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New groups of bacteria found near plant roots


August 18, 2011
By Wageningen UR

WEB EXCLUSIVE

New groups of bacteria found near plant roots

Plant Research
International, part of Wageningen UR, has discovered two new groups of
bacteria that live in interaction with plants.

Aug 17, 2011, Wageningen, the Netherlands — Plant Research International, part of Wageningen UR, has discovered two new groups of bacteria that live in interaction with plants.

The findings partly resulted from the use of new technologies for isolating bacteria from soil and plant samples. Ulisses Nunes da Rocha obtained his doctorate at the University of Groningen last fall with this research, which was carried out at Plant Research International.
 
Acidobacteria and Verrucomicrobia are groups of bacteria that are commonly present in the soil. Until recently it was difficult to carry out research into these species as they are generally hard to culture. Nunes de Rocha (Brazil, 1981) managed to study the species by using new technologies that help isolate bacteria, and indicated the presence of the bacteria in the soil and plant samples based on their DNA sequence.
 
By using these DNA technologies, Nunes da Rocha found that there are Acidobacteria and Verrucomicrobia bacteria that mainly live in the direct surroundings of plant roots, the so-called rhizosphere. This shows that there is interaction between the plants and the bacteria, the exact details of which will require further research.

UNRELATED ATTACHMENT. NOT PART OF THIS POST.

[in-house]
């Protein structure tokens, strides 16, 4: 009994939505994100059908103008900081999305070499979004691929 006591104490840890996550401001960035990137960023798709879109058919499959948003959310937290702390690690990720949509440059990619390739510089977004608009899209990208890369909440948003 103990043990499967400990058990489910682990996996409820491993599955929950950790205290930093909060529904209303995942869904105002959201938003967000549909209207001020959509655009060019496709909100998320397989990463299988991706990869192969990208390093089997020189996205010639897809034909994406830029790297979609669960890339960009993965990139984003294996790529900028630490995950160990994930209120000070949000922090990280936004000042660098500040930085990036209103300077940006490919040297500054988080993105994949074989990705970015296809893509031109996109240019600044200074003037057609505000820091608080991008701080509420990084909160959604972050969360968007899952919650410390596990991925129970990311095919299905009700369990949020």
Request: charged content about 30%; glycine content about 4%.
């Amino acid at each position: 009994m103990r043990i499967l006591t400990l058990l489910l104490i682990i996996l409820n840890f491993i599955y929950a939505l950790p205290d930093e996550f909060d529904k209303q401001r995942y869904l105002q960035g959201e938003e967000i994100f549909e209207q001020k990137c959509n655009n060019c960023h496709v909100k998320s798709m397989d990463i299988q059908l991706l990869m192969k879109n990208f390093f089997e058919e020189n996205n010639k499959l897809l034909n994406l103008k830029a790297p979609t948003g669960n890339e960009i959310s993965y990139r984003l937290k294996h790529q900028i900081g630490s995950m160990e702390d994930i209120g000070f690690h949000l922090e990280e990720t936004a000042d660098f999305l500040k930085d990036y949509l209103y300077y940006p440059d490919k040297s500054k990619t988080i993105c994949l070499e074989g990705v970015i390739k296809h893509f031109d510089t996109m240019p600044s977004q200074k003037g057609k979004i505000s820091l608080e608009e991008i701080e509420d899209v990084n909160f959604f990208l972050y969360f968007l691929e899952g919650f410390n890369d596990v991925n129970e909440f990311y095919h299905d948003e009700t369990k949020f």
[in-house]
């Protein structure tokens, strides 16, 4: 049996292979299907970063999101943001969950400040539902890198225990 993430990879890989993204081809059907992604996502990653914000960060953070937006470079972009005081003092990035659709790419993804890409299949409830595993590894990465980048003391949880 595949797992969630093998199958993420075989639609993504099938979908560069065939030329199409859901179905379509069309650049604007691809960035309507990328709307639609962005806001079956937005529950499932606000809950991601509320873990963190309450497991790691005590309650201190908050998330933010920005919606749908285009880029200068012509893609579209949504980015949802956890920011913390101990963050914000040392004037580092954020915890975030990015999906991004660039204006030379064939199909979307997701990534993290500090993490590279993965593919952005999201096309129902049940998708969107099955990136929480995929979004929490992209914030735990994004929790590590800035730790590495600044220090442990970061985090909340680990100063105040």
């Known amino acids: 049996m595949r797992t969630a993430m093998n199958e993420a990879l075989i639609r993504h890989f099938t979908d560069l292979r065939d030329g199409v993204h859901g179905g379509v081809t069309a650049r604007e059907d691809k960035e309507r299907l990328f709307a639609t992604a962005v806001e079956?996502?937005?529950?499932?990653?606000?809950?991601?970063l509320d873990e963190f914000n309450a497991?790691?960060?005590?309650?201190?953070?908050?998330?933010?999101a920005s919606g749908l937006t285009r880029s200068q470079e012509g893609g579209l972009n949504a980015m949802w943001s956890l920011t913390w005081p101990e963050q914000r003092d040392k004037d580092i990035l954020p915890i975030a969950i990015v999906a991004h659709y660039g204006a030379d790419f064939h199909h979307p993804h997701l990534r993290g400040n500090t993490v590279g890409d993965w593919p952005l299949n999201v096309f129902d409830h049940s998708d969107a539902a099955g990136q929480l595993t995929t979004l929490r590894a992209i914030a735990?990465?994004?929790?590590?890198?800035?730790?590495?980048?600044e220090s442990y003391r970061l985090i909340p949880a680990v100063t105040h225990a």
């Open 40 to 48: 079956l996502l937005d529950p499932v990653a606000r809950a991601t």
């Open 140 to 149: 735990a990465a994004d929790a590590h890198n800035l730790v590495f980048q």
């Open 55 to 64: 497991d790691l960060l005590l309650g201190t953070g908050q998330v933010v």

Nunes de Rocha managed to culture the Acidobacteria and Verrucomicrobia bacteria outside the soil, and discovered that various types actively move towards the roots. These bacteria are apparently able to identify and react to compounds that plants release into the soil via their roots.
 
It is not yet clear how the newly discovered bacteria affect plant growth. Although Nunes de Rocha found that the appearance of leek roots changed in the presence of some of the bacteria, he has as yet been unable to determine whether the bacteria had a positive, negative or neutral impact on plant growth.
 

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3755_ulisses_nunes_da_rocha
Ulisses Nunes de Rocha in his labaratory at Wageningen UR in he Netherlands.
PHOTOS COURTESY WAGENINGEN UR

3755_counting
Ulisses Nunes de Rocha studied bacterial growth in the direct vicinity of plant roots.

3755_irve_-_1_125
Ulisses Nunes de Rocha found two new groups of bacteria species that
live in the vicinity of plant roots. The white “cloud” consists out of
bacteria that grow very well in the vicinity of the plant root.


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